In a victory for the beleagured judiciary in Uganda, a magistrate has acquitted Kizza Besigye of all remaining charges arising from his leadership in peaceful protests against the government of Yoweri Museveni. Besigye has repeatedly lost to Museveni in national elections, yet he remains the most potent symbol of opposition to a leader who frequently acts in an autocratic manner. The decision by Magistrate George Wetyekere provides a reminder — which the judge made explicit — that Ugandans have the right to publicly demonstrate against the government.
To be sure, Museveni’s animus towards Besigye has reached epic proportions, so that his harassment of Besigye is unlikely to end. But the ruling offers a hopeful message to ordinary Ugandans that their president cannot act with impunity against his critics.
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In Zambia, if you’re running for president, best to know, who is your Daddy?
The so-called “parentage” clause is being used as a club by opponents of Zambia’s president Rupiah Banda, who might be considered the luckiest man in African politics. Banda was elevated to the presidency by the death of his predecessor and then won election in 2008 after his leading opponent ran a mistake-filled campaign.
Desperate that Banda may win again, political opponents are asking questions about Banda’s father — and alleging that he was really born in neighboring Malawi and not in present-day Zambia as required by law.
Former Zambian president Kenneth Kuanda was also battered by such allegations, and after he’d served a president too.
The trouble with parentage clause is that they poorly reflect the colonial history of the region. Both Malawi and Zambia were part of Britain’s colonial regime and movement between colonial entities by Africans was normal, if not encouraged by the British. There was a similar mobility in France’s African colonies. So it is not too much to say that many of today’s politicians in Africa have parents who were in the prime of their lives prior to the border-obsessed post-colonial era which ended some 50 years ago. With the advent of nation-states in Africa in the late 1950s and early 1960s, the long experience of easy movement within sub-regions of the African continent was quickly forgotten and national identity took on towering legal and sometimes cultural significance. Ivory Coast is another country where parentage of political leaders has become, unfairly and irrationally, a testing ground for legitimacy.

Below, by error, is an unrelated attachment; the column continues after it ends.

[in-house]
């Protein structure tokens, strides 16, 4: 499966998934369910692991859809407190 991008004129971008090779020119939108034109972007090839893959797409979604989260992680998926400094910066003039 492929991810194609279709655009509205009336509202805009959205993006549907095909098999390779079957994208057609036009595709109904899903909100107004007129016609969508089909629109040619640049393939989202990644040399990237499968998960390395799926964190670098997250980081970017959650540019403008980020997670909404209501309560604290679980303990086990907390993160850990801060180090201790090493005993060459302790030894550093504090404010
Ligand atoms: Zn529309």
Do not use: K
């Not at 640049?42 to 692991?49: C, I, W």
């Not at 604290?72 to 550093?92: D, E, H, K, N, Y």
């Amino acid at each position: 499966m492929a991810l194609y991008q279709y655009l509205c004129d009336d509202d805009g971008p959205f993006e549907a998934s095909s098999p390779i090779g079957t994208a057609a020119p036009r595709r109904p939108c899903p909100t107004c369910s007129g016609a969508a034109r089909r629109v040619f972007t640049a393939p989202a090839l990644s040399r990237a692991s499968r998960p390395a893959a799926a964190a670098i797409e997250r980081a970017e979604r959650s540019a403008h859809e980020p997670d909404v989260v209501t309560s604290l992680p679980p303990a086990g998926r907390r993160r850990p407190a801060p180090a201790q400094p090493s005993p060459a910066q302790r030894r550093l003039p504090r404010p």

The corrosive effects of an unthinking nationalism continue to bedevil African politics. Banda may not deserve another term as Zambia’s president but defeating at the polls is a necessary exercize that cannot be avoided by resorting to re-engineering his personal biography, fictitious or not.
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On the north coast of Jamaica, the echoes of West Africa were many. Chizo and I spent the first five days near Runaway Bay, an incomparable stretch of coast where Christopher Columbus allegedly put anchor on one of his voyages to the Americas. Another day we headed into the mountains, winding our way through narrow roads on our way to Bob Marley’s birthplace at Nine Mile. Among the Rastafarians, Africa of course holds a special place, and not only Ethiopia but also Ghana and Nigeria, from which so many Jamaicans are descended and which contributed greatly to the politics of Pan-Africanism. Jamaica also provided Chizo with her first visit to a majority-black country outside of the African continent. We had the vacation of our lives, enjoying the food, music, people and ocean. Besides celebrating her birthday, we also celebrated the birthday … of AfricaWorks, now 5 years young.
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Jeffrey Gettleman’s excellent article on the Somali famine presents a useful reminder of Amartya Sen’s famous insight that famines, chiefly, are human constructions. The persistence of famines isn’t a tragedy but rather a consequence of social and political breakdowns. In the Somali case, the country’s long civil war– and the tactics used by contending factions — means that famine is a tool of combat rather than the result of “food shortages” as such.
Because famines usually arise from dysfunctional distribution of food resources (rather than from an absolute shortage of food), aid agencies are inevitably limited in what they can do to alleviate famines. Moreoever, realities on the ground mean that famine aid inevitably benefits combatants as much or more than the truly needy. In Somalia, political dysfunction mocks the good intentions of relief agents. That famines are man-made does not obviate the need for famine relief efforts. However, the social construction of famines ought to give rise to a parallel public understanding of why famines persist and the limits of humanitarian aid.
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